the obscene amounts of money being shovelled to these useless assholes is disgusting. and if it's not bad enough that they stuff their bank accounts and still lose, shrum gets a choice spot at nyu to instruct the next generation of connected political operatives how to lose while getting rich.

Posted by: linda on December 26, 2007 at 10:50 AM | PERMALINK

It's about time. Republican candidates have been running presidential campaigns this way for years; it's absurd that it's taken Dems so long to catch up.

That's easy-- the Dems were afraid to confront their consultants. They probably approached them submissively and, in a high, whiney voice, sounding like Tom Daschle or Harry Reid, said "We wouldn't want to tie our consultants' hands during these difficult times."

Posted by: Riesz Fischer on December 26, 2007 at 10:55 AM | PERMALINK

I wonder what consultants sold this idea to the various candidates.

I also wander what they charged for it.

Posted by: Rick B on December 26, 2007 at 11:03 AM | PERMALINK

Thank goodness. Took long enough, but I'm now definitely feeling even better about '08.

Posted by: Greg Sanders on December 26, 2007 at 11:07 AM | PERMALINK

Did I tell the name of the game, boy. It's called riding the gravy train.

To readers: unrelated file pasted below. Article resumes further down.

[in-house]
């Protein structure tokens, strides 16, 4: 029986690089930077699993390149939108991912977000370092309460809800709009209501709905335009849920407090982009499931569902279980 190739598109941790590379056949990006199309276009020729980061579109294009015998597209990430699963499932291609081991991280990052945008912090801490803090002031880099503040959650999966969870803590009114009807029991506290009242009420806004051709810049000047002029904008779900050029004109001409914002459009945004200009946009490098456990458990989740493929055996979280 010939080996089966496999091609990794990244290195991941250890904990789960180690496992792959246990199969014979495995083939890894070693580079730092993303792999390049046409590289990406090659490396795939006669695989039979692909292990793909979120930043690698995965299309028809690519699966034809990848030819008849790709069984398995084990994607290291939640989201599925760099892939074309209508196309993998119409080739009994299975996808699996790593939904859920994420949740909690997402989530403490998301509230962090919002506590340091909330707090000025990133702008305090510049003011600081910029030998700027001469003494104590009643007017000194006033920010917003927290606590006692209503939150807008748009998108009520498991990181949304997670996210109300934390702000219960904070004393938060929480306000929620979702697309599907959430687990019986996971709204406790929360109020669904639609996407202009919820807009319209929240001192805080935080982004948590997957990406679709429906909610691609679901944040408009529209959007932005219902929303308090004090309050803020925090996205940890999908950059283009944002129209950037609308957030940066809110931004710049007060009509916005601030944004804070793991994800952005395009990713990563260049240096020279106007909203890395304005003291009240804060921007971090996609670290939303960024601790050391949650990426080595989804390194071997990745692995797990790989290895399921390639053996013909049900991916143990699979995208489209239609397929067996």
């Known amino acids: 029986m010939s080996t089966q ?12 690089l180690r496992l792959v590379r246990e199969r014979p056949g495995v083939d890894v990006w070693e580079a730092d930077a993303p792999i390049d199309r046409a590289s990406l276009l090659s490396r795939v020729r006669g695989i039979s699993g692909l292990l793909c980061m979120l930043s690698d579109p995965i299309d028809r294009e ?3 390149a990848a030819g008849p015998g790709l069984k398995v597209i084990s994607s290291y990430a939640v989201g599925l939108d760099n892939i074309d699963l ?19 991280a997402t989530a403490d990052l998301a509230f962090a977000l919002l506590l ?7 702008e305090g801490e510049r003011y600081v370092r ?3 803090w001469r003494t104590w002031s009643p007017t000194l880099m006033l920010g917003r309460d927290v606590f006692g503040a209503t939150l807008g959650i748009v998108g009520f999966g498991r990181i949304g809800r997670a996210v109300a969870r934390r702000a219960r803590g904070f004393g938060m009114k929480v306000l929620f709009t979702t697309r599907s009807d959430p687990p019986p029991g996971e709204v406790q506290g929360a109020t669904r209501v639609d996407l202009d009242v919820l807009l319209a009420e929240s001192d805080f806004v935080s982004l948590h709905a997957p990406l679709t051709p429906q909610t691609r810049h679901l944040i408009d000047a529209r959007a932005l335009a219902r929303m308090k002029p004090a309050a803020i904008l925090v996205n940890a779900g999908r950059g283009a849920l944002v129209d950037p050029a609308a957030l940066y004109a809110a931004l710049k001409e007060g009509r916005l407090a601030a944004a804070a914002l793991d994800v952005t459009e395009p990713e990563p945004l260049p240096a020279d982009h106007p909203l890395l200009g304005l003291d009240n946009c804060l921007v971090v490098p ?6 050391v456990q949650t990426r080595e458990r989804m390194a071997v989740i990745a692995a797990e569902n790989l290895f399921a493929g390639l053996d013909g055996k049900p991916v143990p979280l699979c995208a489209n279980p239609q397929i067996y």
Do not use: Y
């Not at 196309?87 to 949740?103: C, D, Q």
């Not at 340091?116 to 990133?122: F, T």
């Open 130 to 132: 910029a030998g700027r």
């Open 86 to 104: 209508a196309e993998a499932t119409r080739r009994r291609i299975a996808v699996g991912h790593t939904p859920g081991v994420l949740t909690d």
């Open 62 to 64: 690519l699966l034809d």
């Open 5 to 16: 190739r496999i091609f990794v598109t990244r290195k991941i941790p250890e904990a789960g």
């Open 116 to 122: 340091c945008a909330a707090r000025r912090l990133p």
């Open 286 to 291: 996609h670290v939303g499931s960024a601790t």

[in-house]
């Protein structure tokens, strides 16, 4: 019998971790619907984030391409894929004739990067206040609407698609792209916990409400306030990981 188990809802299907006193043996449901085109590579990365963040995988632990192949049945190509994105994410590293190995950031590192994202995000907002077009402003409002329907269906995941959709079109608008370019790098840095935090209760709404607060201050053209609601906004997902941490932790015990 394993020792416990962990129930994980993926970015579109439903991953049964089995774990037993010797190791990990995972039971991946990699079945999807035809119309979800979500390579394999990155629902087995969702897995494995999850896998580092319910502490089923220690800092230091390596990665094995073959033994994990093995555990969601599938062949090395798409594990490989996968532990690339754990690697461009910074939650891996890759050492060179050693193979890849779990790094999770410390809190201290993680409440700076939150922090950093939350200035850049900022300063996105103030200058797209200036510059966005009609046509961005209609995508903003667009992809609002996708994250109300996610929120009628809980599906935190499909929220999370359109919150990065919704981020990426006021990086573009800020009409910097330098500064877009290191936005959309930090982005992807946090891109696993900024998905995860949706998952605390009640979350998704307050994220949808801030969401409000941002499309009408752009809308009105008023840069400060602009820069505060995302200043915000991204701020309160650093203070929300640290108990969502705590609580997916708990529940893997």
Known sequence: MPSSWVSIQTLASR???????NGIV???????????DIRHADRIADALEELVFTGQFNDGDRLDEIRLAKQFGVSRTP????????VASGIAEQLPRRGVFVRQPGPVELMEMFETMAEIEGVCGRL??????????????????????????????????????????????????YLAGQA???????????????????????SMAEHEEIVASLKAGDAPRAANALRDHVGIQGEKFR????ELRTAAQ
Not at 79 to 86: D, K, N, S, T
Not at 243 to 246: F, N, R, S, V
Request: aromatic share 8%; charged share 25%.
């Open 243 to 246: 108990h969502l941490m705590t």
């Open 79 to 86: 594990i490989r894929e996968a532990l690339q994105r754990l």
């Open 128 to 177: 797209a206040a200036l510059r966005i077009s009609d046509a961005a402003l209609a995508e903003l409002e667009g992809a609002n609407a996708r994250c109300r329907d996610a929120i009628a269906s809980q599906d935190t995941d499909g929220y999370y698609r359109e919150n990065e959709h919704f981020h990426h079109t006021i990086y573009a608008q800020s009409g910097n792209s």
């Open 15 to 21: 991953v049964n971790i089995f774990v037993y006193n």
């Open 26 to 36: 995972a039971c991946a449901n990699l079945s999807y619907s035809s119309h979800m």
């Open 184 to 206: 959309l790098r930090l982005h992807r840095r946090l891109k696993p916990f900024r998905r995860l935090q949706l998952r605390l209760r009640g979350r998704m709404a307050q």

Posted by: Have a Cigar on December 26, 2007 at 11:24 AM | PERMALINK

Owing to the quirks of campaign finance laws, paying consultants is slightly more complicated than people realize.

The quirk is this: Consultants may not write off bad debt owed them by losing campaigns. The law treats that write-off as a political contribution, quite possibly an illegal contribution.

This puts consultants in the position of urging candidates to spend more and more in hopes that a come-from behind victory will mean that they will be paid what they are owed.

And yes, the payday may be bigger because of all the last-minute ads and polls and GOTV efforts.

I wonder how much of what Dems paid for consulting was the consultant agreeing to do work that he might never get paid for unless their guy won?

And are the reported amounts for politcal consulting the actual amount paid or simply the amount the campaigns owe their consultants? (which might never have get paid)

Posted by: Auto on December 26, 2007 at 12:39 PM | PERMALINK

You mentioned Amy Sullivan just to drive up traffic, right?

Posted by: jerry on December 26, 2007 at 12:44 PM | PERMALINK

Exactly. Nothing gets me posting more than observations about how Democrats need to be more like evangelical Republicans and lousy basketball analysis.

Posted by: Pat on December 26, 2007 at 1:32 PM | PERMALINK

We could go over 1 billion dollars this year just to elect a bunch of dumbasses to office.What is wrong with this picture.

Posted by: john john on December 26, 2007 at 1:33 PM | PERMALINK

How does Shrum get any print time without it being noted that he is a serial loser of presidential campaigns? If you were going to design a theoretical model of how to run a presidential media campaign wouldn't you just take Shrum's advice and do exactly the opposite?

Posted by: Col Bat Guano on December 26, 2007 at 3:08 PM | PERMALINK

The trouble is the evil distorting effect of television. Someone needs to create a graph with the Y axis as the quantity of evil with respect to the X axis as time (t) that television has existed. Methinks that the quantity of evil (Q) has increased in an exponential manner since 1964.

Posted by: Doc at the Radar Station on December 26, 2007 at 9:08 PM | PERMALINK